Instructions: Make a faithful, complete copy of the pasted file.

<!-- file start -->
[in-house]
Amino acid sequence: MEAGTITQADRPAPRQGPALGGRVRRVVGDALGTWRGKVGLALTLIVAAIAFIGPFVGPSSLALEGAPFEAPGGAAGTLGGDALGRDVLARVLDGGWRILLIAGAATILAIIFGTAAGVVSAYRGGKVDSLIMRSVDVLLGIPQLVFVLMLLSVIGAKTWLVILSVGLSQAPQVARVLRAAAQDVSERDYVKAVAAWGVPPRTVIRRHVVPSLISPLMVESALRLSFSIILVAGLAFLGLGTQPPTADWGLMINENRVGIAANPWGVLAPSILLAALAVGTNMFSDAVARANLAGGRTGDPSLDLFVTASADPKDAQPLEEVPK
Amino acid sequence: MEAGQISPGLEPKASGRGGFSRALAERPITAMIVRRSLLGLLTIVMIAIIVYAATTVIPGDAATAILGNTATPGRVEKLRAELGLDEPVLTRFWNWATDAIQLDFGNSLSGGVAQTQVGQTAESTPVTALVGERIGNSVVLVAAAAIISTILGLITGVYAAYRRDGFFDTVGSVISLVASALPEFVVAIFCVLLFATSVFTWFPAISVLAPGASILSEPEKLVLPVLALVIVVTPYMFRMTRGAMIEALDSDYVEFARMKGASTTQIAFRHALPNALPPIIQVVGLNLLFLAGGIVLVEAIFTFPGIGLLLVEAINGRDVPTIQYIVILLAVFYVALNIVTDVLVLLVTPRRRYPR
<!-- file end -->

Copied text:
[in-house]
Amino acid sequence: MEAGTITQADRPAPRQGPALGGRVRRVVGDALGTWRGKVGLALTLIVAAIAFIGPFVGPSSLALEGAPFEAPGGAAGTLGGDALGRDVLARVLDGGWRILLIAGAATILAIIFGTAAGVVSAYRGGKVDSLIMRSVDVLLGIPQLVFVLMLLSVIGAKTWLVILSVGLSQAPQVARVLRAAAQDVSERDYVKAVAAWGVPPRTVIRRHVVPSLISPLMVESALRLSFSIILVAGLAFLGLGTQPPTADWGLMINENRVGIAANPWGVLAPSILLAALAVGTNMFSDAVARANLAGGRTGDPSLDLFVTASADPKDAQPLEEVPK
Amino acid sequence: MEAGQISPGLEPKASGRGGFSRALAERPITAMIVRRSLLGLLTIVMIAIIVYAATTVIPGDAATAILGNTATPGRVEKLRAELGLDEPVLTRFWNWATDAIQLDFGNSLSGGVAQTQVGQTAESTPVTALVGERIGNSVVLVAAAAIISTILGLITGVYAAYRRDGFFDTVGSVISLVASALPEFVVAIFCVLLFATSVFTWFPAISVLAPGASILSEPEKLVLPVLALVIVVTPYMFRMTRGAMIEALDSDYVEFARMKGASTTQIAFRHALPNALPPIIQVVGLNLLFLAGGIVLVEAIFTFPGIGLLLVEAINGRDVPTIQYIVILLAVFYVALNIVTDVLVLLVTPRRRYPR